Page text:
Academic journal article China Perspectives

The Compromised "Rule of Law by Internationalisation"

Academic journal article China Perspectives

The Compromised "Rule of Law by Internationalisation"

Article excerpt

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"The participation of China in the WTO would not only have economic and political benefits, but would also serve to bolster those in China who understand that the country must embrace the rule of law."

Martin Lee, leader of the Democratic Party of Hong Kong, O)

Ten years ago, upon accession to the WTO, China committed to a series of specific obligations often referred to as "WTO+," aimed at the progressive transformation of the Chinese legal landscape towards <2> if not a genuine rule of law in the democratic sense of the concept, at least a sui generis model that could result from a greater porosity between the legal order and practices. In the China Perspectives special issue published at that time, I questioned what I had identified as a possible "rule of law by internationalisation" - that is, China's greater attention to of international rules and the positive impact this new familiarity might have on internal reform. From legal drafting to legal implementation and the role of the judiciary in adjudicating disputes, Chinese law, while rapidly reforming, was already confronted with a series of essential limitations.The unique and rigorous character of the Chinese Protocol of accession to the WTO as well as the planned far-reaching legal reforms were nevertheless raised hopes for change, as if this receptivity of the national legal order to international law was giving a helping hand to the Chinese transformation into a rule-led and rule-abiding regime.!3) While one cannot ignore a number of very significant achievements as well as a true political responsiveness to otherWTO Members' concerns, !4) China has not been willing to grasp the WTO opportunity for domestic legal reforms as much as some observers, and also some Chinese leaders, had hoped for.This incomplete transformation does not only create tensions between WTO Members, as evidenced by an increasing number of disputes shedding a direct light on the lack of transparency in the Chinese legal regime, but could also impede fundamental socio-economic evolutions.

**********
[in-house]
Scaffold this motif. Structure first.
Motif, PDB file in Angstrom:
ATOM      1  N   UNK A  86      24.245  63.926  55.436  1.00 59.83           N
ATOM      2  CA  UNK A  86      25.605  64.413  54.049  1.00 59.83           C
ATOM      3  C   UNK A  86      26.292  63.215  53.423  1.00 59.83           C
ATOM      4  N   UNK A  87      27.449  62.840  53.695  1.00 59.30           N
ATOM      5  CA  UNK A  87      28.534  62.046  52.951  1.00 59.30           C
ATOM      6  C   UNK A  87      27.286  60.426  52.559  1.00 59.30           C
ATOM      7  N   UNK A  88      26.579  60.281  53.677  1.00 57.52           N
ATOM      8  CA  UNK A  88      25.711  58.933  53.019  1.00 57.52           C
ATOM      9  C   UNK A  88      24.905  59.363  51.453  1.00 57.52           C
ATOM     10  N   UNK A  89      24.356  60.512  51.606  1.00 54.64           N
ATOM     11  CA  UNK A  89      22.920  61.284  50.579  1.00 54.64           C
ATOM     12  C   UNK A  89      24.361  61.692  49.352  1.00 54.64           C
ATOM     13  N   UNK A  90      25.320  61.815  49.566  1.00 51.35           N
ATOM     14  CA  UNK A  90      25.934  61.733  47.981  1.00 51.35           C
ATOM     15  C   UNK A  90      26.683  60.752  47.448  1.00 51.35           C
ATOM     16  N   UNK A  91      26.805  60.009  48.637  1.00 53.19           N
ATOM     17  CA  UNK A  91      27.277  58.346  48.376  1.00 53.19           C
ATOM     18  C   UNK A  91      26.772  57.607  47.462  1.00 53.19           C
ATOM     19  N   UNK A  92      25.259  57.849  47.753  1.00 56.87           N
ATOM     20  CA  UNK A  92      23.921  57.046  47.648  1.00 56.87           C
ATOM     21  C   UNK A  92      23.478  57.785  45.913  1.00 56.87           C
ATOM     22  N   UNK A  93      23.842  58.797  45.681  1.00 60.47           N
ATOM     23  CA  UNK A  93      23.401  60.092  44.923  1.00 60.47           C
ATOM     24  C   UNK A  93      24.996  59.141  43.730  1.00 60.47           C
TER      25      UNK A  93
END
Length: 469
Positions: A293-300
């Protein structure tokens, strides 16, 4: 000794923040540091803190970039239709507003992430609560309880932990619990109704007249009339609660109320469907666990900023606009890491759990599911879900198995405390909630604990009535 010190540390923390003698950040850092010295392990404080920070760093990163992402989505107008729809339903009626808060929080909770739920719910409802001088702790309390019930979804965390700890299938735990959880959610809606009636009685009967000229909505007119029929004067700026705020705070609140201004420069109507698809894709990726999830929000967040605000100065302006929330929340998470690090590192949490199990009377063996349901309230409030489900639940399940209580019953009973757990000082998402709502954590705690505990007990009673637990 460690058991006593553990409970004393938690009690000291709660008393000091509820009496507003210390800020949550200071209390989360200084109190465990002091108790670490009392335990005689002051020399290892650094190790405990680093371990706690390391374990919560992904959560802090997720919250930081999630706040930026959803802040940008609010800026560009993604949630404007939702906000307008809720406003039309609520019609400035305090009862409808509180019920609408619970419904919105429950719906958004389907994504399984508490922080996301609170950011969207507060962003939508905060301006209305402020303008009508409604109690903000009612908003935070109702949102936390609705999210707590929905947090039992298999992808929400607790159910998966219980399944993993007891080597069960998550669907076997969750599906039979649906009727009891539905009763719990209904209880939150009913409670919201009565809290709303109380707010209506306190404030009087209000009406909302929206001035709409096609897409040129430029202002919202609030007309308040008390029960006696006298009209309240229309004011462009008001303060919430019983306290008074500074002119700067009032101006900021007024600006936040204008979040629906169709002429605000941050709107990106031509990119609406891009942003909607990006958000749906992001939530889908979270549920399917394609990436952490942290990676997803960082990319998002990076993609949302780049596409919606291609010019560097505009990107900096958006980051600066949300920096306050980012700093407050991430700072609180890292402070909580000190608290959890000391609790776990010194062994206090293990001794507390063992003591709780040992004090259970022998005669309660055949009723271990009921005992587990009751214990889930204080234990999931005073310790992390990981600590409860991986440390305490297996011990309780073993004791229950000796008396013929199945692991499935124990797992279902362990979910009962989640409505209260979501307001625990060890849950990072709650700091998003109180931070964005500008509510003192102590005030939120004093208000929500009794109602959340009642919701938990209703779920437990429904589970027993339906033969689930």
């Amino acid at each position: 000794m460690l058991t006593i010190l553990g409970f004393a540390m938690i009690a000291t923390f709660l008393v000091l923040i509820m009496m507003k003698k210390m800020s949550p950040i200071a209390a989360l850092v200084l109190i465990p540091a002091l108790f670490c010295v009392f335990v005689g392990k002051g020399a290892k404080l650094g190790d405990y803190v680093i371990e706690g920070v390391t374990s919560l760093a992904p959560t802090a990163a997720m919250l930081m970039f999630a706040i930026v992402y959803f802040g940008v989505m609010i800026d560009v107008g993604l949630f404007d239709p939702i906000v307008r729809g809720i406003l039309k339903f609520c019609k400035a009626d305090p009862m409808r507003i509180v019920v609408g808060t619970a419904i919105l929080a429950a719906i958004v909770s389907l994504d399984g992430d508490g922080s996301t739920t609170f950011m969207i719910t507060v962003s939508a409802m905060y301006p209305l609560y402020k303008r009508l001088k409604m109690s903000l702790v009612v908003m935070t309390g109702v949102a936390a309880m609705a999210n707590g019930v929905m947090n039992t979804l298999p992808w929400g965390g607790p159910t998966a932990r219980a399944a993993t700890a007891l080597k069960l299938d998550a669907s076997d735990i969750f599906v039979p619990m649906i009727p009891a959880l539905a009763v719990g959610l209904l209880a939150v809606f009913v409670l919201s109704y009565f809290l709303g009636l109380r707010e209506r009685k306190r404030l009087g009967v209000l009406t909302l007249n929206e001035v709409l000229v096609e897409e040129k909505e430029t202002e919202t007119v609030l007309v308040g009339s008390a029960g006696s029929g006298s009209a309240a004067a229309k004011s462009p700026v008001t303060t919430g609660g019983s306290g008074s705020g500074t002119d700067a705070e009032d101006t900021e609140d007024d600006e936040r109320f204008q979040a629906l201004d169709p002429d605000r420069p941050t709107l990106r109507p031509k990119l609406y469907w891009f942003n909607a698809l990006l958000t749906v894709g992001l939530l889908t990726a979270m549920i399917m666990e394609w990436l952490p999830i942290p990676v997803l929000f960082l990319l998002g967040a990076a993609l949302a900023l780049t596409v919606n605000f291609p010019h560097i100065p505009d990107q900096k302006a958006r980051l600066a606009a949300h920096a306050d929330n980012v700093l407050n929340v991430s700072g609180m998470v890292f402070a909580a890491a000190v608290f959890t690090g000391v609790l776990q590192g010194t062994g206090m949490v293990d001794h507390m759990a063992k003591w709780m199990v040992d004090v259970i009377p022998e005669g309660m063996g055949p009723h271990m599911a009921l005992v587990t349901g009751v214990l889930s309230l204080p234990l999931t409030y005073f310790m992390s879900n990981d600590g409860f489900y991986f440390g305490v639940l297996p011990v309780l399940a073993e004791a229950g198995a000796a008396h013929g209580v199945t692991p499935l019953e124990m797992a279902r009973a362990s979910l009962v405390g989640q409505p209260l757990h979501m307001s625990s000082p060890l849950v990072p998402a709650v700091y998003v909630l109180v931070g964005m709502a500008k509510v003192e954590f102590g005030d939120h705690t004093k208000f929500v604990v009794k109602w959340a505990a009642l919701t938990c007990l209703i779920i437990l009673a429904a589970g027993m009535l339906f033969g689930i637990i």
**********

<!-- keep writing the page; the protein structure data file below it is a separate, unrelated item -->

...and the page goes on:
After a decade of China's participation in the WTO, this piece reflects upon my own initial findings and predictions, while putting Chinese legal reform into a broader political perspective.

Incomplete transformation

China's initial commitments

From July 1986 to November 2001, China traversed a 15-year diplomatic marathon that ended, at the WTO Ministerial Conference of Doha, with the signing of a Protocol of Accession more than 900 pages long. The American and European insistence on integrating "rule of law"-related requirements in the Chinese Protocol should be put into a historical perspective. While the first phase of negotiations commenced in early 1987, it was abruptly terminated in the immediate aftermath of "Beijing Spring" and the bloody political repression that followed. Reversing into a protectionist strategy, China restored a series of administrative measures to control its foreign trade. By 1992 and the adoption of the "socialist market economy" doctrine at the 14th Congress of the Chinese Communist Party, Beijing found a way to reconcile political and economic objectives and embrace a new period of powerful growth able to restore its international credibility. Hoping to join the WTO before the Uruguay Round negotiations were brought to a close, China was determined to reform and accept its trading partners' requirements. A draft Protocol of Accession had been prepared and presented by the European Commissioner, Sir Leon Brittan, to Wu Yi, China's then Minister of Foreign Trade, during a visit to Beijing on 28 February 1994. But from May 1994, the negotiations stumbled over the question of intellectual property and the serious doubt raised by the US over China's ability to implement its commitments in the context of what remained an immature legal system.The issue of a state governed by law, not to say the rule of law, was touched upon directly by the ambitious draft Protocol for the "reintegration" of China into the GATT, as it already formulated for a whole series of provisions addressing the questions of transparency and judicial review of administrative acts relating to international trade. …

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